Warm hugs and warm blankets: 5 heart-warming stories of 2018


A love story that transcended boundaries of race and religion, a teacher who looked out for her students and a man who went around distributing blankets on a cold night are among the heart-warming stories that were shared widely on social media.

Here is a look at five such "aww-inspiring" that are sure to give you a case of the warm fuzzies.

From foreign domestic helper to family

(From left) Mr Alvin Ng, 38, Ms Alicia Ng, 27, Ms Sabado, 65, Ms Agnes Ng, 34, and her four-year-old son Aiden, and Madam Yeong, 60. Ms Sabado helped raise the children and accompanies the family on yearly vacations. ST PHOTO: LEE JIA WEN

Ms Remidios Sabado, or Aunty Remi as she is affectionately known, had helped raise her employers' three children, now aged 27 to 38, as well as a four-year-old grandchild, and kept the house in running order.

But the 65-year-old went back to the Philippines for good this year, after working for the Ng family for 33 years. "I am getting older. I can't carry as many heavy things any more. It's time to take a rest," she said.

In a bid to extend Ms Sabado's stay in Singapore, the family even tried to help her apply for permanent residency in 2010. However, her application was rejected, as she does not contribute directly to the Singapore economy.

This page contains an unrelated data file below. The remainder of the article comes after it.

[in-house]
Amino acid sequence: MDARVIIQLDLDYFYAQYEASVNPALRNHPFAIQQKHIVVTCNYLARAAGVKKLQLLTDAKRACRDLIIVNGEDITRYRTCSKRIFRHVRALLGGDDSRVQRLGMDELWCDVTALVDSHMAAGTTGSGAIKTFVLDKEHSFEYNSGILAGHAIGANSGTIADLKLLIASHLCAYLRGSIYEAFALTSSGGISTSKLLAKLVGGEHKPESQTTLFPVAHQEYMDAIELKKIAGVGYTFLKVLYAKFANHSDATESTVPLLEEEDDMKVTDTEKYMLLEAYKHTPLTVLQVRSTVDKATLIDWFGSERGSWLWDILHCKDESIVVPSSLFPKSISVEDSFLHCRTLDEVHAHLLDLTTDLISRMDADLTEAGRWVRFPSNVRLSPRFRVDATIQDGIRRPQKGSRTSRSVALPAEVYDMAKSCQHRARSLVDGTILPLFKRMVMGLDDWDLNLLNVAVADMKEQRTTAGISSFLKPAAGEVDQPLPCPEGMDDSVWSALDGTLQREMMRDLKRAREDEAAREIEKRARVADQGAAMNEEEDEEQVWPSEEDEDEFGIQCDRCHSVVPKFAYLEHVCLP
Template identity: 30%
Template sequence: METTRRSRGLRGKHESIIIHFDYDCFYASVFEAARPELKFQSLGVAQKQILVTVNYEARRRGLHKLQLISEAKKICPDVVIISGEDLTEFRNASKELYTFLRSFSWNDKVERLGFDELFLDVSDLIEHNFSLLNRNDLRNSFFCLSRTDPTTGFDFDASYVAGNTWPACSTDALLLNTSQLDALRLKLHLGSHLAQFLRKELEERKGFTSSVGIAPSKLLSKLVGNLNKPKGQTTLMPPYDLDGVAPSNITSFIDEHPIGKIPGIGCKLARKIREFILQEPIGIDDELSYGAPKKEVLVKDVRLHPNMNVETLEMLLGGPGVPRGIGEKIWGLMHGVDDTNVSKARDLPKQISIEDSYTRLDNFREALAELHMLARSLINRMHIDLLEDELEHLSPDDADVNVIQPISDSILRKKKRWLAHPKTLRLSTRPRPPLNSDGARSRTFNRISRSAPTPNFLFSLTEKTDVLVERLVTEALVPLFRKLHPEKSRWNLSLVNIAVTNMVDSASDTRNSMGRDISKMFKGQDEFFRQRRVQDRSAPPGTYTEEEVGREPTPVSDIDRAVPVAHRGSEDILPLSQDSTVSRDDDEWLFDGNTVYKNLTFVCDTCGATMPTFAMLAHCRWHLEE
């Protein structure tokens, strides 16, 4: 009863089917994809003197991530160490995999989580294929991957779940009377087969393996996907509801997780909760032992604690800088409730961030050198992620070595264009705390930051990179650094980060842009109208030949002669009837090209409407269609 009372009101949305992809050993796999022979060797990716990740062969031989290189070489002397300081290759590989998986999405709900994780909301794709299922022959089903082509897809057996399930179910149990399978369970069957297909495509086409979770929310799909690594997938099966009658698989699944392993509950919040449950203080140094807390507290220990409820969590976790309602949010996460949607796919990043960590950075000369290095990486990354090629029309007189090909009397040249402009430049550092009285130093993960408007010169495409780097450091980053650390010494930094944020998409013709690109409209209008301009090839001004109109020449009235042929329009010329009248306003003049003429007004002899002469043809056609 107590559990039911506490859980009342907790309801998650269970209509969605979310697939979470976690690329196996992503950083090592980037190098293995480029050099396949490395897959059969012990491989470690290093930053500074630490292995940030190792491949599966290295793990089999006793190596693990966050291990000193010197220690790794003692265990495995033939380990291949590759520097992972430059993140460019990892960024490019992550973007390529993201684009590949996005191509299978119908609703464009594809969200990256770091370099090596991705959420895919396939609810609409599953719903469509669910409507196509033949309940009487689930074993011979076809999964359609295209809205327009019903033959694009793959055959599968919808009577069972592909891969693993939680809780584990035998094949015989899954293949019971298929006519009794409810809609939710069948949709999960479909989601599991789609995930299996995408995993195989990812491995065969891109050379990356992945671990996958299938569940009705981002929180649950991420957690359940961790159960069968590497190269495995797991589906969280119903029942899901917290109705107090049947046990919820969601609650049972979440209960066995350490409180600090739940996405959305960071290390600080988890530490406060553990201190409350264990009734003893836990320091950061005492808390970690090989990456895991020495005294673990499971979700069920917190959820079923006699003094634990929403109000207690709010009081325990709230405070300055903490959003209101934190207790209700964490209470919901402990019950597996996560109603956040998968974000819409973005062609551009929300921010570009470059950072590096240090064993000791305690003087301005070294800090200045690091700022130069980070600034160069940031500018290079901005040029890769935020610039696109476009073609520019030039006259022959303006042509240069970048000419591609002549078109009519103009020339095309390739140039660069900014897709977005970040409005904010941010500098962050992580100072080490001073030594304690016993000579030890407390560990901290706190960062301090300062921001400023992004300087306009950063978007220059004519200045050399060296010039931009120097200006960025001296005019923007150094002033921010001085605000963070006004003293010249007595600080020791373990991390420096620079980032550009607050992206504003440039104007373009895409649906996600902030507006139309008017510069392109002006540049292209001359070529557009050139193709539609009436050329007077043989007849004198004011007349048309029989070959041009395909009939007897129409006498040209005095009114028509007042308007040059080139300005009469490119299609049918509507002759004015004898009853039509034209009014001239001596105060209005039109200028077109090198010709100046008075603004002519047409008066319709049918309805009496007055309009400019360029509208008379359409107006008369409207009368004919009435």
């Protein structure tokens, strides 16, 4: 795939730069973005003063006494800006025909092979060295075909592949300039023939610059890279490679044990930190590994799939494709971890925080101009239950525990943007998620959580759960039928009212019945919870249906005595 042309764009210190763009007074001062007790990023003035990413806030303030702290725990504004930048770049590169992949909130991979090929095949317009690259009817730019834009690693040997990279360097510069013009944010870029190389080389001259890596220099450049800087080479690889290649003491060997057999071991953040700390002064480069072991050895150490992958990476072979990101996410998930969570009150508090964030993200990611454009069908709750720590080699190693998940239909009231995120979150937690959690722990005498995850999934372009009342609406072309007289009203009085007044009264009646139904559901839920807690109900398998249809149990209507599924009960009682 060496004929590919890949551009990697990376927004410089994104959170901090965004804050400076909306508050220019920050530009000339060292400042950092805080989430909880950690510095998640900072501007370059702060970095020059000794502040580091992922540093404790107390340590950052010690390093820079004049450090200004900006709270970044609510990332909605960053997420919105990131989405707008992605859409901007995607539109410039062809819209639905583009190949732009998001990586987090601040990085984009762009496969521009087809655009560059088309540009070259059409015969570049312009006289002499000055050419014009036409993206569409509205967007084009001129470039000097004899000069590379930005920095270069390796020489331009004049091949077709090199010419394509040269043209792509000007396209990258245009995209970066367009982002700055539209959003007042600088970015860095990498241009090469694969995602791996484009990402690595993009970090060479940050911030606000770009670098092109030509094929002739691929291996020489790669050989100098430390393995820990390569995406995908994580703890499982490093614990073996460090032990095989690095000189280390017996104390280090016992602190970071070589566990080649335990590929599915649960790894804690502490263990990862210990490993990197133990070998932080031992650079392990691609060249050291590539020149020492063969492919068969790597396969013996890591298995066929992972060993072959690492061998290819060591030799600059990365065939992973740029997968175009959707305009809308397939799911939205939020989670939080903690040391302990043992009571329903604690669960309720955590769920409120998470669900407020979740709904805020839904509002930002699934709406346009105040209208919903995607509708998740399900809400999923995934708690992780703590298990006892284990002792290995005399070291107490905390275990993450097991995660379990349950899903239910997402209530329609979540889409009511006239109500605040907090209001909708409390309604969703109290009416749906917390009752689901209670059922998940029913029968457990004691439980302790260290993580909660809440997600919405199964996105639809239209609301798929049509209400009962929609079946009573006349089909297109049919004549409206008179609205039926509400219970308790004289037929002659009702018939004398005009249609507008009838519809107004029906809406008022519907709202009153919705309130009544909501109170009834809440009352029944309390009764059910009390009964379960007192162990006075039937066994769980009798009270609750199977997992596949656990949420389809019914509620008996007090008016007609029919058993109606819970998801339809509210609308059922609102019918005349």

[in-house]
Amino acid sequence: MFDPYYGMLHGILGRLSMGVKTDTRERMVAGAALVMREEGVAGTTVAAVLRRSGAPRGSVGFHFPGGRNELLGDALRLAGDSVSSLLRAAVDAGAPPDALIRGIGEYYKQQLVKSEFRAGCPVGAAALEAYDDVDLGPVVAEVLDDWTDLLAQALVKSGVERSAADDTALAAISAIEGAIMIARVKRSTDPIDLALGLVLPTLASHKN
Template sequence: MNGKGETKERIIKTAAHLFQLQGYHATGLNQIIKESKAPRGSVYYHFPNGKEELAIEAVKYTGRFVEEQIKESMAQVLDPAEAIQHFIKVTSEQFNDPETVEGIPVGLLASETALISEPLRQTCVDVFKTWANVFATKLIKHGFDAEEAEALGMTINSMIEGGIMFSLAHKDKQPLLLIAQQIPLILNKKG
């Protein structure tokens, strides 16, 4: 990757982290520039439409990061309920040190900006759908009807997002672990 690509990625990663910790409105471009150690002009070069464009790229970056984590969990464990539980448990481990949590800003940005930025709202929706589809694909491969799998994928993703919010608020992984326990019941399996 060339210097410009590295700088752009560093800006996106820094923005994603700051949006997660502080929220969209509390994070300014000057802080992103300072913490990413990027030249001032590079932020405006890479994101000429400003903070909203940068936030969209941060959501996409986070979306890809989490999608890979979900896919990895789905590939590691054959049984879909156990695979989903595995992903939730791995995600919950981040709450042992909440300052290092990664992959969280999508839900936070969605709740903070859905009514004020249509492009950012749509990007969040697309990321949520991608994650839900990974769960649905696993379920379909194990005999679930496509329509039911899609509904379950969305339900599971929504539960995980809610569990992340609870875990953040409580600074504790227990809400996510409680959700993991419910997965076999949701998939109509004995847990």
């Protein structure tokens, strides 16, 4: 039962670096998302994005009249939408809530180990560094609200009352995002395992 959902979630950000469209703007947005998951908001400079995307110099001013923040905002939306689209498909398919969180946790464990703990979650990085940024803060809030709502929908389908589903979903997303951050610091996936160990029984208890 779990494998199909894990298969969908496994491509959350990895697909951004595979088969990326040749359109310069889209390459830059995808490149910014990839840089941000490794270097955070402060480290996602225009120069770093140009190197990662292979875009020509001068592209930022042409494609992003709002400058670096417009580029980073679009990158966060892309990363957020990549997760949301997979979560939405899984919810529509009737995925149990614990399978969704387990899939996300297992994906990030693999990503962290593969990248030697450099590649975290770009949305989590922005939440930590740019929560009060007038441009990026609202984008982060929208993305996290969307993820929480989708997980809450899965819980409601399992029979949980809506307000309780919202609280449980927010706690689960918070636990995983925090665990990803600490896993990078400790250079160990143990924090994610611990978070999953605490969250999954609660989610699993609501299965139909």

When Ms Helen Agpato, 61, was diagnosed with ovarian cancer in 2011, her employers, the Lees, not only paid the $30,000 medical bill, but also waited on her for almost a year until she recovered.

"Out of about 100 domestic helpers I know here, I can say only about 10 or 20 have employers as good as mine," said Ms Agpato, who is from Mindanao in the Philippines.

For Sri Lankan Rankoth Gedara Rupawathie, 67, the reason she has stayed here since 1988 is her bond with the Singh family, her employers for 28 of her 30 years here.

"If I could stay forever, I would, but rules are rules. Anyway, if I wait till the last possible moment to leave, it'll be even harder," she said.

Their stories were shared by their employers for International Domestic Workers' Day, on June 16.

A little hug goes a long way

Madam Azlina Hassan's actions on Nov 22 went viral after a parent filmed her hugging a pupil who was close to tears, and uploaded the video on Facebook. PHOTO: SCREENGRAB FROM ST VIDEO

Receiving one's Primary School Leaving Examination (PSLE) results can be a stressful experience for a 12-year-old.

Fortunately for some Teck Whye Primary School pupils, their teacher is there to give them a little something extra - a tight hug and words of encouragement.


Madam Azlina Hassan, a veteran teacher of more than 29 years, has provided at least 15 batches of Primary 6 pupils with hugs and comfort. Her actions on Nov 22 went viral after a parent filmed her hugging a pupil who was close to tears, and uploaded the video on Facebook.

Madam Azlina explained that the pupils she teaches tend to be weaker in their studies and are always worried about failing.

She puts an emphasis on her pupils' character development and not just their academic achievements.

"Sometimes, people forget that a simple hug can make a world of difference to a child," she said, adding that she was sure her colleagues would have done the same.

Remembering kindness, even 46 years on

On Aug 11, 2018, Mr Veera met his teacher, Mrs Chee Siew Chuan, whom he has not seen since he left Canberra Primary, at her home in Yio Chu Kang. PHOTO: COURTESY OF VEERA SEKARAN

Mr Veera Sekaran's story was not just in the newspapers, it was broadcast on national television as well.